Supporter's Column: Stephen Bates

Approaches to retrofit, transformation and restoration have historically reflected wider ideological attitudes and been informed by both architectural and cultural contexts.

Adapting reuse


The term ‘adaptive reuse’, which emerged in the 1970s as a real estate shorthand to indicate the modification of an existing structure to achieve maximal use and economic returns, has found its way into the language of architecture in recent years. Despite the lack of any theoretical underpinning, this broad-brush strategy has become the mantra of developers, institutions, and the media in response to the climate emergency. But while it advocates optimising what we have, it does not provide a coherent framework we can operate in. Like so many statements of intent within the environmental debate, it oversimplifies issues, and its assumptions need to be rigorously examined if they are to be applied effectively.


Historically, approaches to reuse, transformation and restoration have reflected wider ideological attitudes. In the 1850s John Ruskin advocated ‘conservative restoration’: ideologically opposed to reconstruction, he believed that ‘protection’ was a better strategy. Ruskin defended the aesthetics of ruins, the patina of weathering and collapse and saw restoration as a destructive force that effaces the sublime effects of time. Eugène Viollet le Duc’s championed ‘creative restoration’ as a way of re-establishing a building’s finished state - whether it had ever actually existed. The addition of new layers was allowed, as long as they were an expression of their own time rather than a mimicking of the past. The post-war interest in ‘reconstruction’ was an explicit attempt to rebuild what had been destroyed in the devastation of war, often re-imagining the original buildings as idealised monuments fixed in time. Hans Döllgast’s 'interpretive reconstruction’ proposed a subtler approach. Munich’s Alte Pinakothek exemplifies Döllgast’s attempt to make the history of the building visible: the gaps in the ruins are filled in with a stripped-down form of construction that maintains the structure and proportions of the original, using bricks from the rubble of destroyed buildings. The result combines the history of the building and the scars of its devastation in an uplifting narrative of rebirth.

In 1964 The Venice Charter attempted to bring a modernist order to restoration, positing a clear distinction between what was repaired and what formerly existed, in an attempt to provide an international framework for the conservation and restoration of historic buildings. Rossi’s ideas of ‘Old New’ in the early 1970s challenged Modernism’s invitation to sever links with the past, defending the strength of collective memory and of a sense of belonging by working with types and known forms. Rossi’s anti-modernist position was developed further in the 1980s by Miroslav Šik and other advocates of Analogue Architecture at ETH, who embraced the poetry of the everyday and ideas of continuity over reconstruction, celebrating and building upon what is already there, in all its imperfection.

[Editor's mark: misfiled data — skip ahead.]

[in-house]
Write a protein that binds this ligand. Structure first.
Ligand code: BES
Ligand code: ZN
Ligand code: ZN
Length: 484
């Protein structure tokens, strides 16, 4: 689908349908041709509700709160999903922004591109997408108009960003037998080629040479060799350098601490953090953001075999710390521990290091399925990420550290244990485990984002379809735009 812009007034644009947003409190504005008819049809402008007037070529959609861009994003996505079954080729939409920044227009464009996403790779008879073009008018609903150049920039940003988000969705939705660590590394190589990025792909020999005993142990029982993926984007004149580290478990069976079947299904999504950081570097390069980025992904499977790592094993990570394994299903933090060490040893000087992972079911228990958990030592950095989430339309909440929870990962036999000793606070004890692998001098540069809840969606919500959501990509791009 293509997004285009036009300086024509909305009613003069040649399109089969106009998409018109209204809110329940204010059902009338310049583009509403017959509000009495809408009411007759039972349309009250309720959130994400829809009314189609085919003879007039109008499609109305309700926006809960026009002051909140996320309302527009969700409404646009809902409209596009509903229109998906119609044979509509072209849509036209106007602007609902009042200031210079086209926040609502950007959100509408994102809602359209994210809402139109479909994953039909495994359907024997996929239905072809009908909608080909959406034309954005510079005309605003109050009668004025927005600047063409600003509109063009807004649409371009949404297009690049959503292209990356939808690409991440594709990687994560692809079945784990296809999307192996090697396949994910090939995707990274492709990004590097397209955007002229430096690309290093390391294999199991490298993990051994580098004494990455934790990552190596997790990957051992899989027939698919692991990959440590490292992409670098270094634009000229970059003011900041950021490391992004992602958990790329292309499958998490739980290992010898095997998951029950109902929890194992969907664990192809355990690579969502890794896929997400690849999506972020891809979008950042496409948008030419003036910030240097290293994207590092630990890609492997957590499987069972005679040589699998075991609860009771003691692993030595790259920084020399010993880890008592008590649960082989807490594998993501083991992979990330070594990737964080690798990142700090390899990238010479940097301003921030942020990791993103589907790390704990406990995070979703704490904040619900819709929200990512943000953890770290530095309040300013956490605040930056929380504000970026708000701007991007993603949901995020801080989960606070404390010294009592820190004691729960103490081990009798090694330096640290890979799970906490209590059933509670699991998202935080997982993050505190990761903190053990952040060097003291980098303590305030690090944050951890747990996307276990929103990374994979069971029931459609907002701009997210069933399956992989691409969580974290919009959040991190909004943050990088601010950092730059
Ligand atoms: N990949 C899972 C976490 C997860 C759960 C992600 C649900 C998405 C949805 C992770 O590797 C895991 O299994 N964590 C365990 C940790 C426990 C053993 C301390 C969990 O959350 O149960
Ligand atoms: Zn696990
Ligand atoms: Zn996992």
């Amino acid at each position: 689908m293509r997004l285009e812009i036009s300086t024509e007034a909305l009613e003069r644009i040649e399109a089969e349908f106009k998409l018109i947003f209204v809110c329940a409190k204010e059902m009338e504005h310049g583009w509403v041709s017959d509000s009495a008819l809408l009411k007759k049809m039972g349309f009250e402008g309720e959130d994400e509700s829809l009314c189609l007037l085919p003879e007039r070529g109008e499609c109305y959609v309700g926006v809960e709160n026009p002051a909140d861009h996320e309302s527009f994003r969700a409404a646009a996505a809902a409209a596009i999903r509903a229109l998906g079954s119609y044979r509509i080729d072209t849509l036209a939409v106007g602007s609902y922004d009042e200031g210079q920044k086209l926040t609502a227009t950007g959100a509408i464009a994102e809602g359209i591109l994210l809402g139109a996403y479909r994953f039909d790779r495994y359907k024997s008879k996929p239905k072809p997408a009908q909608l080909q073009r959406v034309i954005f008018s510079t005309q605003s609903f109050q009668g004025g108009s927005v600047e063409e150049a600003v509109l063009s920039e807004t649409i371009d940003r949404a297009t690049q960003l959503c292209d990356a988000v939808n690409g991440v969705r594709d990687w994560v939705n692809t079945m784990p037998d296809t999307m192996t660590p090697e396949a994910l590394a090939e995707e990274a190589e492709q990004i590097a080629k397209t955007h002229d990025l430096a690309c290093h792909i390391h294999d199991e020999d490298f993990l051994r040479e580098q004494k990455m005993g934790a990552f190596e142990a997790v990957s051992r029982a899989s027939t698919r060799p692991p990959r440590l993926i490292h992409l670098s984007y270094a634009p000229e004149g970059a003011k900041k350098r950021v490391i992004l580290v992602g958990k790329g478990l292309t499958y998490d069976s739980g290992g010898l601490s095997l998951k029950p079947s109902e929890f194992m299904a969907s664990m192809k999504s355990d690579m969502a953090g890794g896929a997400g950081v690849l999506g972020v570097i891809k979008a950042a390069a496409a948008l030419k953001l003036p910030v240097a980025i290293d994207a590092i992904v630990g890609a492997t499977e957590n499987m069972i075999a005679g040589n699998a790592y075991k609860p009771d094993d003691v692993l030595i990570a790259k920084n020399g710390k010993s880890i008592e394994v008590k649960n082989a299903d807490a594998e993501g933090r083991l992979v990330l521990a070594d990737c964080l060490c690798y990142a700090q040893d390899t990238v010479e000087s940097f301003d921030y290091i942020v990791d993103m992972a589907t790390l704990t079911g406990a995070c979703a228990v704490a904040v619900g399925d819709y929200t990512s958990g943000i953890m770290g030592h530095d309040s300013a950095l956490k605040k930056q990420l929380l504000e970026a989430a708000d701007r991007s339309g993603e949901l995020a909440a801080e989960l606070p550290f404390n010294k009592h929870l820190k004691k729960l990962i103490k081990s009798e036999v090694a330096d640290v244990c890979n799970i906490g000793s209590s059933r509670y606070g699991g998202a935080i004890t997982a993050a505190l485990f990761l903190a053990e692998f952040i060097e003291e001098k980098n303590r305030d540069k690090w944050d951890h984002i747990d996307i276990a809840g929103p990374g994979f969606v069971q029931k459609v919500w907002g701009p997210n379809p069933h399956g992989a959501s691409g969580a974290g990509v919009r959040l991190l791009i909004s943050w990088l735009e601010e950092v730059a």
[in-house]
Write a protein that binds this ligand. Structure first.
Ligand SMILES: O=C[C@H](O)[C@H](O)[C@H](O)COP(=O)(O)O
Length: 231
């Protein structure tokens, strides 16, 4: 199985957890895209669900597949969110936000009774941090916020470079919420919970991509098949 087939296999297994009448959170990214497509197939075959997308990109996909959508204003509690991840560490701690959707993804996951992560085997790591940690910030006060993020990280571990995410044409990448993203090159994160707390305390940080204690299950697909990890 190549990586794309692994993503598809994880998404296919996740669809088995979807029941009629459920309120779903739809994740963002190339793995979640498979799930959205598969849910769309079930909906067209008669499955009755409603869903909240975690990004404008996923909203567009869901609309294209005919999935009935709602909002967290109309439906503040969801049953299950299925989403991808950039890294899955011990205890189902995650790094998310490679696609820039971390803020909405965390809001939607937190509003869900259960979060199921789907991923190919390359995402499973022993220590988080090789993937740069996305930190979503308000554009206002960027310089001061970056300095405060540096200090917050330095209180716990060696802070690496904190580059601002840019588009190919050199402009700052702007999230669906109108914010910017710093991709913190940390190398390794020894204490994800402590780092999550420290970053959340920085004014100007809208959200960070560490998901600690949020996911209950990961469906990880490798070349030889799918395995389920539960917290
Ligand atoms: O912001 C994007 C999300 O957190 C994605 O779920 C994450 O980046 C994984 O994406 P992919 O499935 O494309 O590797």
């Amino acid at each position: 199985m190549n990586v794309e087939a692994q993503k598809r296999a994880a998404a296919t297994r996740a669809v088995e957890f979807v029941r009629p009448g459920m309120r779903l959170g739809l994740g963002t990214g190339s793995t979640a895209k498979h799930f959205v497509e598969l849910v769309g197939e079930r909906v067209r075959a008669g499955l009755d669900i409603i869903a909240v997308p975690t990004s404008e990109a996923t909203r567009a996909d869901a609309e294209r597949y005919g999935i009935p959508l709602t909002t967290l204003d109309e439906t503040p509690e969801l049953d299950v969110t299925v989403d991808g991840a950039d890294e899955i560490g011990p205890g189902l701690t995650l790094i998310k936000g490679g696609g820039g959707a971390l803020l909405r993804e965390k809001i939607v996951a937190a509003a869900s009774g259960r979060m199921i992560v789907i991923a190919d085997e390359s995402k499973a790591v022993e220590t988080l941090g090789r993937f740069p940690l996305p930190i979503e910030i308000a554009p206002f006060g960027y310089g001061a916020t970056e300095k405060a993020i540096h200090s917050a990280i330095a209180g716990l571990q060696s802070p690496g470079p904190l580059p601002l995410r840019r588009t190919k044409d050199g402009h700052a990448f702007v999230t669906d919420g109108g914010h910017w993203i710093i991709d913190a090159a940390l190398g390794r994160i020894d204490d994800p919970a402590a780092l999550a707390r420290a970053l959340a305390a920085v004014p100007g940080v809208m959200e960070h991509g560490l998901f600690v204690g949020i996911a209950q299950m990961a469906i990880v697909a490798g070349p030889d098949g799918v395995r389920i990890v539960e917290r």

Each of these approaches emerged from a specific socio-political context and attempted to articulate a framework for action. Usually presented as a worthier alternative to a previous position, some offered poetic answers, others empirical truths but all put forward mutually exclusive approaches to the need to re-structure the existing and give it cultural meaning.


Today we work in a more intuitive and inclusive way, where all of the above are relevant and useful, combining and mixing new and old and allowing them to blur into one another. Continuity is important again – a recognition of the many layers of history and construction. The new and the old, the nearly new and the nearly old, the very old, and even the not very good are regarded as broadly equivalent. This is a subjective attitude which expresses an openness to the complexities of the project, and a broadening of the idea of authenticity – a recognition that there is more to a building than its material components, that it is part of a narrative, and has a place in the cultural memory of those who inhabit the city.


In John Hejduk’s words: ‘The house never forgets the sound of its original occupants’…


This article was written by Stephen Bates of Sergison Bates Architects.